She should have laid out conditions for support of the budget. Not just reject it ad hoc. While its likely either the libs or tories will get a minority gov. I dont see as progressive budget come out in the next ten years if the NDP doesnt make significant gains.

Pierre C yr

jerrym wrote:

In my opinion, Andrea made the right decision politically (I''ll leave the policy issues aside for the moment). This does not mean she will win or even that they will automatically retain or even increase her 22 to 27% in the polls. However, if she did support the Liberals there was a growing danger that both within the party and outside that the perception would be the NDP is the left wing of the Liberal party and it would also be accused of trying to prolong their careers and salaries (something Hudak is already doing that would only have become louder with passing time). It is also possible that some of the alleged drop in NDP popularity since March arises from some voters feeling the NDP were not willing to defeat the Liberals in spite of the growing scandals, their poor economic performance and their Con-lite policies. 

If the Liberals were successful (which I doubt because they will implement as little of the NDP-like policies as possible and because of scandals simmering away on the backburner suddenly bursting into flames) in an extended term thanks to the NDP support and adoption of NDP policies, the general public would credit and vote for the Liberals. If the Liberals collapsed, the Hudak PCs would claim the NDP were the enablers of the relatively long term of a Liberal minority government that failed.

Remember that Layton pulled the plug on the 2011 Con government by voting in favour of a contempt of Parliament motion when the NDP were around 14% in the polls and many of the punditry proclaiming there was every chance they could lose some of its MPs. It is even possible that that could have happened if the campaign had went another way. However, I doubt the NDP would have been able to be seen as a plausible alternative to very prolonged scandal-plagued Con government for many voters if they had supported the Cons for much longer.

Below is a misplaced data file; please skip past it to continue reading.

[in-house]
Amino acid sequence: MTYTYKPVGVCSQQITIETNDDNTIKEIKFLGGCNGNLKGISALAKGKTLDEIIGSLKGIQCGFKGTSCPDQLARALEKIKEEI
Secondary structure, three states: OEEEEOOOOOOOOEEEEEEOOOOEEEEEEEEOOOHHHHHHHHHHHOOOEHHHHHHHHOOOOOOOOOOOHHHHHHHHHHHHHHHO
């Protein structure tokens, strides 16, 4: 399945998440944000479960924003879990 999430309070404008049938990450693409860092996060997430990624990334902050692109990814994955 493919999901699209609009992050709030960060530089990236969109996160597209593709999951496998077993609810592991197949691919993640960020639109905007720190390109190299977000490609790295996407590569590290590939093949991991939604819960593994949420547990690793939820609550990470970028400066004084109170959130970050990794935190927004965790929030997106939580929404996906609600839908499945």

It maybe politically advantageous but in terms of policy for average canadians its disastrous. We keep scuttling progressive budgets, that only minority govs can be made to do, when we could simply vote out minority govs during other votes of confidence a few months later. Im not see what advantage the 10 years of tory rule when we scuttled a budget that would have finally brought us national childcare.

 

Now we are scuttling the desperately needed and late in coming CPP enhancement. WTH do we stand for anymore?

jerrym

A one year extension of the Liberal government by NDP support would mean most, if not all, of these progressive policies would be barely implemented or only promised for future implementation (see pension), and would be easily wiped off the books by a Hudak government, which would likely have a greater chance of being elected as governments that are perceived as tired and scandal-ridden, as well as parties that enable their continuation in power, usually get punished even harder for staying way too long. 

Rokossovsky

mark_alfred wrote:

Good press conference.  "Instead of fixing the mess in our electricity system, the Liberals want to drive hydro rates even higher with a firesale of our assets in a rerun of the failed privatisation of Ontario Hydro by the Conservatives.  You don't heat the house by burning the furniture."

I think Andrea is playing this well. She has guts to pull the plug like this, and it was very canny to let the press have a sleepless night. Yesterday, she would have been sharing the stage with Wynne, today she gets the final word, all on her own.

 

Rokossovsky

josh wrote:

She must be listening to Warren Kinsella, and following him down the rabbit hole.

Speaking of rabbit holes, the full quote was:

terrytowel wrote:
Gerry Caplan was on Power & Politics tonight and he criticized Andrea saying he doesn't understand her and hasn't for quite a while. The Liberal budget is a budget Andrea herself would have created if she was Premier says Caplan.

He also went on to say he can't understand her logic, wanting to trigger an election when they are at around 20% in the polls. And that she hasn't taken a stand on any of the important issues.